As grocers increasingly shift their focus to their digital and omnichannel businesses, Hershey is seeing one of its key business customers pull back as it prioritizes eCommerce.
In prepared remarks shared with analysts Thursday (Oct. 26) discussing the sweets and snacks giant’s third-quarter 2023 financial results, Chairman and CEO Michele Buck noted that the North American Confectionery business saw growth slow, in part due to a major retail partner making changes to its business.
“The category has … been impacted by distribution and merchandising reductions at a key retailer over the past several months,” Buck said. “Given Hershey’s high share of merchandising and strong gains over the past several years, we have been disproportionately impacted by this change.”
When asked about these reductions on a Q&A call with analysts Thursday, Buck noted that the retailer was cutting back across merchandising categories, shifting its priorities not to other kinds of products but to its eCommerce initiatives and to the shopper experience overall.
“It was more of a focus on consumer experience, for more open aisles and also to enable growth in support of omnichannel and the digital business, [in terms of] picking of products,” Buck said.
Indeed, streamlining stores can be key to simplifying the picking process for digital orders — one of the key challenges for eGrocery overall. Online grocery giant Instacart, for its part, laid out these challenges in a filing with the Securities and Exchange Commission (SEC) in August before its initial public offering (IPO).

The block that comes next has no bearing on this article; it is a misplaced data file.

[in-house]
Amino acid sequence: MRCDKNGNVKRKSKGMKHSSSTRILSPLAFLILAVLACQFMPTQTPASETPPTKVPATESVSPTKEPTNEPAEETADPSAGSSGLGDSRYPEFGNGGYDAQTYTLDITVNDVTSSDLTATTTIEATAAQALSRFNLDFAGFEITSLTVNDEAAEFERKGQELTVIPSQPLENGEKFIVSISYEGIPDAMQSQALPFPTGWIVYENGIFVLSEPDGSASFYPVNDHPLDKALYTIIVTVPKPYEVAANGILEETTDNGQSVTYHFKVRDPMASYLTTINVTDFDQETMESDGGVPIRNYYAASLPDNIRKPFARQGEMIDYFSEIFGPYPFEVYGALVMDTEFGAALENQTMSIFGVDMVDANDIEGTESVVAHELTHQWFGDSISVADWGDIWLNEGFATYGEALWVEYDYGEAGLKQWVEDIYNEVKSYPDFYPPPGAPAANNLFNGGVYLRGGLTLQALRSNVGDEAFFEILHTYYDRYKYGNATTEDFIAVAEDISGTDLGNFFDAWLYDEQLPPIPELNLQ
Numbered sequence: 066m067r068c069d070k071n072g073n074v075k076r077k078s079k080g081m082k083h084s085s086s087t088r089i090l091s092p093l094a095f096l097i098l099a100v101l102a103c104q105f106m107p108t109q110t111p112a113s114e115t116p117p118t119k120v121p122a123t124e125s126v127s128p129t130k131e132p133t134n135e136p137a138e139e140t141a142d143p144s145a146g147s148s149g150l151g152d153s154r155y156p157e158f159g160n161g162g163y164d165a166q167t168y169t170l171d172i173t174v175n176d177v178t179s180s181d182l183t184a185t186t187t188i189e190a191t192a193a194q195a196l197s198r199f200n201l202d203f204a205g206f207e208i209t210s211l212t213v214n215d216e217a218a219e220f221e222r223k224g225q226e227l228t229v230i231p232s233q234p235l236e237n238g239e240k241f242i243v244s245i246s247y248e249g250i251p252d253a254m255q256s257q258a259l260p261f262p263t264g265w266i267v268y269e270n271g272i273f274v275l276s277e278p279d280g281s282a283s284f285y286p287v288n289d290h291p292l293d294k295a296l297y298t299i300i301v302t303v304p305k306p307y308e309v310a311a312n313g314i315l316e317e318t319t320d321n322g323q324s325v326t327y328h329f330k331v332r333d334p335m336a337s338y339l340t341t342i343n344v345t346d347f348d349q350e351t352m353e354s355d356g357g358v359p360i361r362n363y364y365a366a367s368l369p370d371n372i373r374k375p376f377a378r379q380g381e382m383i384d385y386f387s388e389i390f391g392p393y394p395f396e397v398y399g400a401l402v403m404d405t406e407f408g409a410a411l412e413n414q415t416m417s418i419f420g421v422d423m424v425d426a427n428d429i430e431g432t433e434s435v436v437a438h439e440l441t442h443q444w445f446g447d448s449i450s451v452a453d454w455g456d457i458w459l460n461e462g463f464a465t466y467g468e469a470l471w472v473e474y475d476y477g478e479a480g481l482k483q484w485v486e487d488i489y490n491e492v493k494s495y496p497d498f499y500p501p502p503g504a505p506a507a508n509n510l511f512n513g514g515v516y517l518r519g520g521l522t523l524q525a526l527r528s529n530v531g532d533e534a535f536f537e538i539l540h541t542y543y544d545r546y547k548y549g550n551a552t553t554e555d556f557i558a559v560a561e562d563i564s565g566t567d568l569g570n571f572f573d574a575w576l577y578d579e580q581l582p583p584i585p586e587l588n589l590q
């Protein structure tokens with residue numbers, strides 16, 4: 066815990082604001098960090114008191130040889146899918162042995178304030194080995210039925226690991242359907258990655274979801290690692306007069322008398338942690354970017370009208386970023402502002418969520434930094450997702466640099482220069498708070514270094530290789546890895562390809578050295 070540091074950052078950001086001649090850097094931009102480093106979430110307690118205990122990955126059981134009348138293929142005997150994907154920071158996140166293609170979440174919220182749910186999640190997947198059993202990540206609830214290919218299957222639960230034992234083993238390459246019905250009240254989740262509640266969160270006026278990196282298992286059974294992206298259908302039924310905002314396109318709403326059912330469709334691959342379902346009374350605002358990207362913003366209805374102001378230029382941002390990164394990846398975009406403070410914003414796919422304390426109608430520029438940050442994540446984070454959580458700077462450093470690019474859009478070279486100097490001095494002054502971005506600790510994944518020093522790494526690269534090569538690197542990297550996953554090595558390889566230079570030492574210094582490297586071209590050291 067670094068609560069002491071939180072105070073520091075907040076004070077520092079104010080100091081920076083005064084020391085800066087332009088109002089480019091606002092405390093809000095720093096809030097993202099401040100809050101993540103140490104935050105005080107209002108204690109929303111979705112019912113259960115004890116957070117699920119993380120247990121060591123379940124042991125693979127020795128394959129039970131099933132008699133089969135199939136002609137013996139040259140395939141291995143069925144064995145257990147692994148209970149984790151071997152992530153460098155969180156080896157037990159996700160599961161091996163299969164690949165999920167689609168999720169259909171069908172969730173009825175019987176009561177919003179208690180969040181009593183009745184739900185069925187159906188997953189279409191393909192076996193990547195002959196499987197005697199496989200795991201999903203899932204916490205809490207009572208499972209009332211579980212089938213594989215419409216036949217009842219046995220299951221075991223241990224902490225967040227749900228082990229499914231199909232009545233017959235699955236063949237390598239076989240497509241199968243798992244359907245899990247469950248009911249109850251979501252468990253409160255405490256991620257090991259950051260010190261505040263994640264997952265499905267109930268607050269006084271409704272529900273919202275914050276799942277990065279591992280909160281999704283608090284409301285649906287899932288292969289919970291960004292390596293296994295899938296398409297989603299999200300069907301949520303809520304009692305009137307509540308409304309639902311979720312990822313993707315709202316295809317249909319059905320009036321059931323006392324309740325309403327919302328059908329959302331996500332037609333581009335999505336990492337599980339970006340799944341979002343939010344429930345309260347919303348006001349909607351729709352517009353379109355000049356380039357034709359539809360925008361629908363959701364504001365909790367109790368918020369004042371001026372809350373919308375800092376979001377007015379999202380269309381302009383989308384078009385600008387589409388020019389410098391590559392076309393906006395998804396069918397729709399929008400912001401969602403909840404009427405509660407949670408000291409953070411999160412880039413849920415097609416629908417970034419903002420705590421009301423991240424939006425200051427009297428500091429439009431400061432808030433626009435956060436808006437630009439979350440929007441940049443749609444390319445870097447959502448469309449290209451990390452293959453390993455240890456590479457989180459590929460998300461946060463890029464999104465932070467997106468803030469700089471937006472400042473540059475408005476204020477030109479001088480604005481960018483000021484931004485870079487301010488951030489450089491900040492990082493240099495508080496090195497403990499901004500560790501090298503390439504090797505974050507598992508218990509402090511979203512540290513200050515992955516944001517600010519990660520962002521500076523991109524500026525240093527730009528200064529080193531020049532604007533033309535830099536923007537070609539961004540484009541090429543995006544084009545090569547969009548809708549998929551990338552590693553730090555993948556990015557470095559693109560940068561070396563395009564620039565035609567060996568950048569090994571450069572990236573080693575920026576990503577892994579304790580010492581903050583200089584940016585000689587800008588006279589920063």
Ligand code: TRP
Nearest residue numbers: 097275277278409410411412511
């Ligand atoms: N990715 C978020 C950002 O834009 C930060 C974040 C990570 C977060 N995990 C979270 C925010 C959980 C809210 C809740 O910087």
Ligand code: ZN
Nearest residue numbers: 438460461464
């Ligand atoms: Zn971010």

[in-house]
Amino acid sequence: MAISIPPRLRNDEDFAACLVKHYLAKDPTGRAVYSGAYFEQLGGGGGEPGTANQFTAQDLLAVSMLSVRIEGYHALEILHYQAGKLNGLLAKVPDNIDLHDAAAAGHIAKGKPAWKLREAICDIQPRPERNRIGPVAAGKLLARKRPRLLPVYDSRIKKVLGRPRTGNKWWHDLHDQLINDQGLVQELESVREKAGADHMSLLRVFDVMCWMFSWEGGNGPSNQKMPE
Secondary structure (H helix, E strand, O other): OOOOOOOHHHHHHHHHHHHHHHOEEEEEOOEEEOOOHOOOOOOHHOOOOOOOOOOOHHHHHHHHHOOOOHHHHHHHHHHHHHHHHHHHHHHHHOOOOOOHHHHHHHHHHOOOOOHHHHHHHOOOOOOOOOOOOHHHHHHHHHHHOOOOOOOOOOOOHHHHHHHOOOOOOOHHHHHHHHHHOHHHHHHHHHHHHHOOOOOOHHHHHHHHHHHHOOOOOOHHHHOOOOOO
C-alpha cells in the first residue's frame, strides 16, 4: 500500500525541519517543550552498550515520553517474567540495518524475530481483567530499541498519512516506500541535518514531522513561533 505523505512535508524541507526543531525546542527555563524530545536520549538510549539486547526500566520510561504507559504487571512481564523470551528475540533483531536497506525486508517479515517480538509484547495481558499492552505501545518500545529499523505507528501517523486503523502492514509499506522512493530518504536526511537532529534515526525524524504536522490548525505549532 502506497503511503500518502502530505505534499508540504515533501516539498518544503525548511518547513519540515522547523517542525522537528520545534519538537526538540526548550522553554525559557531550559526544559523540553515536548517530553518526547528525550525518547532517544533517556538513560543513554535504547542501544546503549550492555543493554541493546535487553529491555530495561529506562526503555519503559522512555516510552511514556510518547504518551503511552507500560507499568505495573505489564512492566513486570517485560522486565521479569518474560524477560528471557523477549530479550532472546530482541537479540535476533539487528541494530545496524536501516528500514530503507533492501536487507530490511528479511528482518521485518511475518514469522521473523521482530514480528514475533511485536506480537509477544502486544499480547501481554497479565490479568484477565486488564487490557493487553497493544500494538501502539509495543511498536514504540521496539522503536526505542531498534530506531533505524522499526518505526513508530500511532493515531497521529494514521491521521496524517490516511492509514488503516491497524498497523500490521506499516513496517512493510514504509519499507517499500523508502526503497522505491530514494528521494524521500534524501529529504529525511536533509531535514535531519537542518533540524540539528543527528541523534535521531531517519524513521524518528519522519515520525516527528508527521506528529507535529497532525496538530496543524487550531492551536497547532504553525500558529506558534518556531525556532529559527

“Picking is complex due to the sheer scale of grocery stores and a number of factors that require quality control, such as accuracy of the item, preferred replacement, and product freshness,” the aggregator stated.
It is not immediately clear which retailer Hershey is referring to. None of the largest players in the U.S. (Walmart, Kroger, Costco, Publix) nor in Canada (Loblaws, Sobeys, Metro) appear to have spoken publicly about such reductions. That said, digital transformation is top-of-mind for leading grocers.
For instance, Walmart, the world’s largest grocer, spoke to the success of its digital efforts on its most recent earnings call in August.
“E-commerce sales were up 24%, driven by store-fulfilled pickup and delivery and advertising. We like the trends we’re seeing in e-commerce,” CFO John David Rainey said. “Customers are increasingly counting on us for convenience, and they’re visiting our app and sites more often. In Q2, weekly active digital users grew more than 20%.”
Similarly, Kroger, in addition to citing growth in its eCommerce business, spoke to changes it is making to accommodate the rise of digital.
“We scaled our hands-free technology across the company to improve speed and expanded pickup options with automated pods and lockers, improving productivity and providing customers with more flexibility,” chairman and CEO Rodney McMullen said on the company’s earnings call last month.
Overall, online grocery is indeed on the rise. According to the PYMNTS Intelligence report “Tracking the Digital Payments Takeover: Catching the Coming eCommerce Wave,” created in collaboration with Amazon Web Services (AWS), which drew from an April survey of nearly 2,700 U.S. consumers, about one in three shoppers have said they are very or extremely likely to increase their online grocery purchases in the next year.